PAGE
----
I saw something like this on Etsy a million years ago (okay, a few months - obviously it's been sold, but you can still see it here) and couldn't find a tutorial for how to make one myself... but I loved it and I'm poor, so I decided I'd sacrifice myself and some of my materials to trying to create a tutorial for one and if I was lucky, I'd end up with something pretty cool at the end. And the I'm VERY excited to tell you that it didn't take me long or too many trials (and errors) in order to create something that I really REALLY like. I'm sure there are easier ways to do this and I know that the original used more diamond shapes rather than my felt squares, but I'm pretty thrilled with it...
As you look through this tutorial, there's more than one wreath starring in it... that's because I practiced with one and then I went back and took pictures the next time because I couldn't figure out how to photograph it all at first and then I did things slightly differently. I try to tell you if there are 2 good ways to do something or what I learned at each step though so you benefit from my trials and errors!
I named this one Pyxis because I liked the name and it made some alliteration as long as I called it a preppy wreath... and because Pyxis is actually a mariner's compass and somehow, I just thought that kind of fit. You can read about that constellation here (but promise you'll come back)!
- Yarn-wrapped wreath (I recommend a straw wreath form one...)
- Felt in your choice of coordinating colors (I've used 2 and 3 colors, it's up to you)
- Straight pins
- Some leftover yarn (from your wreath or in a coordinating color)
- Scissors, ruler
I'm assuming you all know how to wrap a wreath in yarn (if not, there are about a billion tutorials out there including this one, but it's incredibly simple - you tie the yarn around the wreath and then wrap until you finally tie it at the end... takes a little while, but VERYYYYY easy), so I'm starting with a yarn-wrapped wreath. I used the straw wreath form and recommend that because I was able to stick the straight pins into it without too much effort and they held for as long as I needed them to and while I flipped the thing around and tried to figure out what I was doing...
Then, you want to grab one of your pieces of felt and cut a few squares. I had a 12-inch wreath and liked the way that 2" x 2" squares looked on it, so that's what I used.
But you can experiment with that sizing. And this is where you could make yours more diamond-shaped if you want. I started laying them out and for this wreath I originally wanted it to be yellow and gray because I'm kind of obsessed with that color combo recently (remember the old blog design?!), but as I laid it out, I wasn't crazy about it...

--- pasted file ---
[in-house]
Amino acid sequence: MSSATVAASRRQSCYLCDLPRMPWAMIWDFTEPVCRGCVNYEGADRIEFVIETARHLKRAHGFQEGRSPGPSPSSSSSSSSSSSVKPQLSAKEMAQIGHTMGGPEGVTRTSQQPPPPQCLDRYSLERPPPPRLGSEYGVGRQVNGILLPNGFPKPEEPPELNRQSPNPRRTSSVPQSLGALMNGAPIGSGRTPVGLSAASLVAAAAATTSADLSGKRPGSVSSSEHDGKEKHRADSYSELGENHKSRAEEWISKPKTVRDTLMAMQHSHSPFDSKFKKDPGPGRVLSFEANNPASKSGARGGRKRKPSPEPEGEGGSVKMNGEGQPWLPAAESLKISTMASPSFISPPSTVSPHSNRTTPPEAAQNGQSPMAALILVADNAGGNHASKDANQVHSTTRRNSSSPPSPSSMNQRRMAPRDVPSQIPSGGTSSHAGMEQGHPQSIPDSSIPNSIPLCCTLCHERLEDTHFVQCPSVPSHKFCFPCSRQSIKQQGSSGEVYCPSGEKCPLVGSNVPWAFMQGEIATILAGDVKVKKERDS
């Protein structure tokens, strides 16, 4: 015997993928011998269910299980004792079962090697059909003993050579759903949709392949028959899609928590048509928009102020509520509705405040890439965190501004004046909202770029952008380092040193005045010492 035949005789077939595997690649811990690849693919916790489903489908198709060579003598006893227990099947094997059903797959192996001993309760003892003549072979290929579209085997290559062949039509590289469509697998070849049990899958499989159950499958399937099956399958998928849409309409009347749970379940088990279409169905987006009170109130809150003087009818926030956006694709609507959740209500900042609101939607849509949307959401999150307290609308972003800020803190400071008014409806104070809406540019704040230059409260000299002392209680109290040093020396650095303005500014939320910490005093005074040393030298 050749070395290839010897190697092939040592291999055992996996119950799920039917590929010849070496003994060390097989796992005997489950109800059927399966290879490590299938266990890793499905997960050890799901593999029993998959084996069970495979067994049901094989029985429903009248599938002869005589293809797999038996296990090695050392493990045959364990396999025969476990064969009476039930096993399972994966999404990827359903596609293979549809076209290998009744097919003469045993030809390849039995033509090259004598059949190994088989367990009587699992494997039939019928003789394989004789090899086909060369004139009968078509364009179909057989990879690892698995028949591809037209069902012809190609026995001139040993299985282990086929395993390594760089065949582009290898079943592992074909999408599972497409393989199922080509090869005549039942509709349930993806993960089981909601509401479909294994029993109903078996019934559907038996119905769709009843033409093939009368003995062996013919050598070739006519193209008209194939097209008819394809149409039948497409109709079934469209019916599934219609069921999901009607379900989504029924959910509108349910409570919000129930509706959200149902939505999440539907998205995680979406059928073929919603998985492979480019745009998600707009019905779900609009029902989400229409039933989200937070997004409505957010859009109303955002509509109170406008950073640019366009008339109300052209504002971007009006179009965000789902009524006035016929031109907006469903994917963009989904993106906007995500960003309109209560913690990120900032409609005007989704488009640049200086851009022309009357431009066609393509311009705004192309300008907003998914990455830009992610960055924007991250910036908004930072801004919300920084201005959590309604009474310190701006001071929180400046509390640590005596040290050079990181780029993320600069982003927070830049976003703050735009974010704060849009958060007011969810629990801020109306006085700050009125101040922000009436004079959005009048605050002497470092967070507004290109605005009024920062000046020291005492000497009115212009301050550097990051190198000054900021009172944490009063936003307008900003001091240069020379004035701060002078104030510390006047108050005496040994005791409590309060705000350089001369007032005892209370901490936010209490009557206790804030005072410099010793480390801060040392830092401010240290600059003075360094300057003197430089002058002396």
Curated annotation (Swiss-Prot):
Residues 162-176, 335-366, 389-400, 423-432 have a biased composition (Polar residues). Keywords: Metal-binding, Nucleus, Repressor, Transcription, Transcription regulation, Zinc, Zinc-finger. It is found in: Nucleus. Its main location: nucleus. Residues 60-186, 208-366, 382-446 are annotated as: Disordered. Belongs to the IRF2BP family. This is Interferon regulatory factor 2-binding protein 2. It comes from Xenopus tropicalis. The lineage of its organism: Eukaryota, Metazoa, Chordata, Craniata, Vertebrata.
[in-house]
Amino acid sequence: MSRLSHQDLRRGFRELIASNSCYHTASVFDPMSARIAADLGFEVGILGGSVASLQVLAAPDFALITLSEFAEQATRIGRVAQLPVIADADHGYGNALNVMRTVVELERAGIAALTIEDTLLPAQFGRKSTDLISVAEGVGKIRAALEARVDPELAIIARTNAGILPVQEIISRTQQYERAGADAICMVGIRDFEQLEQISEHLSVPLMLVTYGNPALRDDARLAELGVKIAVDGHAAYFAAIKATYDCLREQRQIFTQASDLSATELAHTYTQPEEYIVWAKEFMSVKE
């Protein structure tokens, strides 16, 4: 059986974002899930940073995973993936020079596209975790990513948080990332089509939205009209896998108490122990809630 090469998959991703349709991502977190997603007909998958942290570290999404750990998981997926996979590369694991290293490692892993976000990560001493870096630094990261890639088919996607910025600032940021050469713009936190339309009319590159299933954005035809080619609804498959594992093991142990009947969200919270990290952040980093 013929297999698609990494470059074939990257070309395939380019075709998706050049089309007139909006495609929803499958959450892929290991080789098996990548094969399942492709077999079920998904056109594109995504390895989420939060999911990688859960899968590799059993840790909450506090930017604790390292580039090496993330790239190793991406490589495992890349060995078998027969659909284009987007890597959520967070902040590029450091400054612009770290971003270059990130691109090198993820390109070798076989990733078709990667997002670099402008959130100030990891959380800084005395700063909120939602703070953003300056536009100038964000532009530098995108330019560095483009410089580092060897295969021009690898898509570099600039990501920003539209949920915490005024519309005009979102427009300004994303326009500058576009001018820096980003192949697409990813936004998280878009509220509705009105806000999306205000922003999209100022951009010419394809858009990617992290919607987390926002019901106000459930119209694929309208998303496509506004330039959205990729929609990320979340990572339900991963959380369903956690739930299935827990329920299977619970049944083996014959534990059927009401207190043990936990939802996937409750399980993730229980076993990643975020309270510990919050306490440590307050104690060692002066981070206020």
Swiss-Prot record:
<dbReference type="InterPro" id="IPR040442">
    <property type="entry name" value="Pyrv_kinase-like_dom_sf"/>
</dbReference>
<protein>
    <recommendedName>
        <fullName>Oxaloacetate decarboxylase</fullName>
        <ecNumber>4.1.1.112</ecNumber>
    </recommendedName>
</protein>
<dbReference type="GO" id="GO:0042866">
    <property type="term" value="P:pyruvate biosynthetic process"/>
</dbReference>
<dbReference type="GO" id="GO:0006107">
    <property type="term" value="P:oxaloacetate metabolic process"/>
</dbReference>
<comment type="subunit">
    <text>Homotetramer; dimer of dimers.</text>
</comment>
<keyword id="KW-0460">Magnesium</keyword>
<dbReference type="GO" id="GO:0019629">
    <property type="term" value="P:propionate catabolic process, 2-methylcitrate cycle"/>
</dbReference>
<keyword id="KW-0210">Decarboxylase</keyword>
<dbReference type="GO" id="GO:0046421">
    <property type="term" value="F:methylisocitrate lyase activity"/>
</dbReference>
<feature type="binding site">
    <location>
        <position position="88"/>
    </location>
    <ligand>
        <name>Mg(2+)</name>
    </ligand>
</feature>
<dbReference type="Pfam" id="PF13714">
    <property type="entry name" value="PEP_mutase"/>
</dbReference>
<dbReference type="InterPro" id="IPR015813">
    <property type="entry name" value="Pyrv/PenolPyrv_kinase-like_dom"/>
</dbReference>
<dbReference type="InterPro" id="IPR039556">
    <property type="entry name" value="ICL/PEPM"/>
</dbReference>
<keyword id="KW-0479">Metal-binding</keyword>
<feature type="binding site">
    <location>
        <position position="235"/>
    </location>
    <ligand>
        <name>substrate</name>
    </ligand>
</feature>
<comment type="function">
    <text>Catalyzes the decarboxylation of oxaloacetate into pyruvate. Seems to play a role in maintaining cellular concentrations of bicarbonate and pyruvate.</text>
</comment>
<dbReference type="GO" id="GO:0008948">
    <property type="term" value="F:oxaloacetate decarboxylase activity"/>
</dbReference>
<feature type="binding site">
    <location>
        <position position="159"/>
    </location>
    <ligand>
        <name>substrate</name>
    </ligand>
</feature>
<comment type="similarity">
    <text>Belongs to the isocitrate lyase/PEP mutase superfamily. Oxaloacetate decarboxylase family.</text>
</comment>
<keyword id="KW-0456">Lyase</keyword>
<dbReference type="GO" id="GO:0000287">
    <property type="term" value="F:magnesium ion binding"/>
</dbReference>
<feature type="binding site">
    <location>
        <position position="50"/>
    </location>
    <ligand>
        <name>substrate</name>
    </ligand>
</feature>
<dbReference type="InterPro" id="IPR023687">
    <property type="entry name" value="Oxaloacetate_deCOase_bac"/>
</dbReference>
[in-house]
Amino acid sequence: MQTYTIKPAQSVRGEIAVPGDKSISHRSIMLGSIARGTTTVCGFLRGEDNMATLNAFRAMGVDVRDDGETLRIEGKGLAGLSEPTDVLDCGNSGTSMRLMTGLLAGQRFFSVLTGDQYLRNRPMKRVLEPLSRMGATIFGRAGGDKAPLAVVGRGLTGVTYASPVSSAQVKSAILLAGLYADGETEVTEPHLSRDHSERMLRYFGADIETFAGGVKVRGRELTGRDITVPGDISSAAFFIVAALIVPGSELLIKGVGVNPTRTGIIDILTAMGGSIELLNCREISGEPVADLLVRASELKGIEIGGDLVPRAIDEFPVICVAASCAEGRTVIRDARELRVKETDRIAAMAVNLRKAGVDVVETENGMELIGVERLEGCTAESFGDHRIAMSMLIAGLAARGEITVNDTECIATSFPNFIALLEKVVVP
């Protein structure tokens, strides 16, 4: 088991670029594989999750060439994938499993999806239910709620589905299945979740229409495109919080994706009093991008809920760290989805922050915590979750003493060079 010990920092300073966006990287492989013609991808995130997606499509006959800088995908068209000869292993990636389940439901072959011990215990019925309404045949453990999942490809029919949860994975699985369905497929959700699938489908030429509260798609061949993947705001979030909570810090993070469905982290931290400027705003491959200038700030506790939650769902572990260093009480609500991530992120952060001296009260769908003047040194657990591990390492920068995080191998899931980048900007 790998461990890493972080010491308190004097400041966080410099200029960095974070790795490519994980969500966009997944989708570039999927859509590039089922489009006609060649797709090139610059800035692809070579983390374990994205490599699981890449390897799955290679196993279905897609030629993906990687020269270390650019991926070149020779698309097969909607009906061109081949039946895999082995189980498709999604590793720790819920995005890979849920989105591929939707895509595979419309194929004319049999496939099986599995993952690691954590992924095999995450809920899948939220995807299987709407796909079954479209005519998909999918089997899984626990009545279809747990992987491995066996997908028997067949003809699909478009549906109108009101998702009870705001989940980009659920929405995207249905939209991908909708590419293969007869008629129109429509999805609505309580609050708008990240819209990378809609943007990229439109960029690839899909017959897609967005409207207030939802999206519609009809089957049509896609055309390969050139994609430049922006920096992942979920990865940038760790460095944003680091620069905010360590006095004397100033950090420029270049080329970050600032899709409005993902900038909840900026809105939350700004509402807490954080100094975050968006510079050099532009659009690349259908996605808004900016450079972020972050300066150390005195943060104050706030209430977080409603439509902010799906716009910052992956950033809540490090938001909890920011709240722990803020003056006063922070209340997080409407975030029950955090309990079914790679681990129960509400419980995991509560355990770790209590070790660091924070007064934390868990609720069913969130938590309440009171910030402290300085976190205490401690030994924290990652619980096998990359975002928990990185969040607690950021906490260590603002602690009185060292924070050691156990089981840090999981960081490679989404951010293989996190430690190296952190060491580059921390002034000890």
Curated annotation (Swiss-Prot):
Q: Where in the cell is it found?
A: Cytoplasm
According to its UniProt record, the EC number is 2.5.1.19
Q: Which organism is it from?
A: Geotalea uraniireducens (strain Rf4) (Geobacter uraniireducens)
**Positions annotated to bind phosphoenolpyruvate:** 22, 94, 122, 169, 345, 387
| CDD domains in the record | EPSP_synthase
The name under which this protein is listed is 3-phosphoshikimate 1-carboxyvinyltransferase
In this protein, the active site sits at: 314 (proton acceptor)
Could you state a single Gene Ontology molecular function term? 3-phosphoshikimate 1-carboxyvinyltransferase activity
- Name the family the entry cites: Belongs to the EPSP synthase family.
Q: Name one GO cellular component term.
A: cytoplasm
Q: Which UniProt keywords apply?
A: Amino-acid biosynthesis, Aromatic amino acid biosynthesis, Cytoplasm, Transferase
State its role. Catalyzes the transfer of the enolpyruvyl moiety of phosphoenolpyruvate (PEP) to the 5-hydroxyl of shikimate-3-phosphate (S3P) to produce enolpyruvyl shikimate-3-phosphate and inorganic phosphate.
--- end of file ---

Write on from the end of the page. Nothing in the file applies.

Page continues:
So I decided to go with a pale green felt instead (one of my other fave colors these days). I ended up with about 15 squares on this wreath (that I'm using for most of these pictures - and only 14 squares on the camo wreath that sneaks in a bit and only has 2 colors of felt... it was the learning wreath that I made first).
However, on both wreaths, I had to trim the squares down to make it fit (you can see in the pic above that the squares are overlapping and I didn't like that, thus the effort to make it fit) and not break the pattern anywhere. I'm sure there's a better way to do this, but since my squares weren't perfect anyways, I wasn't particularly worried... a little off the top, a little off the sides, and it works...
Then you want to grab your straight pins and start pinning the squares into place the way you laid them out and with the corners pointing towards the inside and outside of the wreath. I just used one straight pin at the top of the square and that was enough for me and for all of them to hold (the pins are located where the green arrows are pointing). I didn't push them all the way down because you'll take them out later.
Do this for all of your little felt squares...
Now you want to grab your yarn. I used leftovers from wrapping the wreath, but you can obviously use a coordinating color. I basically wrapped it through once and tied it, just like I was starting to wrap yarn on top of it again. I tucked that one piece under the felt (because it was only pinned in one place, it wasn't hard to do) and then I started wrapping diagonally (where the little green arrows are).
Basically, make one part of the "X" in the same direction across all of your squares so they look like the picture below (and ignore that I accidentally crossed the first "X" before taking this picture).
Then, when I got to the top of the wreath (or the first "X" I had made), I literally just wrapped the other way. I think that on one wreath, I tied the yarn around again and tucked it behind the felt like when I started, but on the one in the picture I didn't and it hasn't fallen apart, so I think you don't have to...
After you finish admiring the fact that I was talented enough to hold the wreath with my legs, take the picture with one hand, and hold the yarn with the other, you want to finish crossing your "X"s all the way around your wreath (like the green arrow shows you above).
Once you wrap and cross all the "X"s, you have the pretty argyle pattern shown above. Tie the yarn the way you'd finish wrapping a regular wreath.
On the camo wreath that I made first, I didn't remove the pins and was worried about what would happen if I did... but on the second gray one here, I figured I was taking a risk for the good of the craft community and so I'd take a leap and see what happened... and so I removed ALL the straight pins (gasp)... and...
The wreath didn't fall apart! If you want to remove your pins, I'd make sure the yarn is wrapped pretty tightly and tie it before removing any pins, but you can also just leave the pins in... they're still in my camo wreath!
I'm linking up to some of my favorite conferences!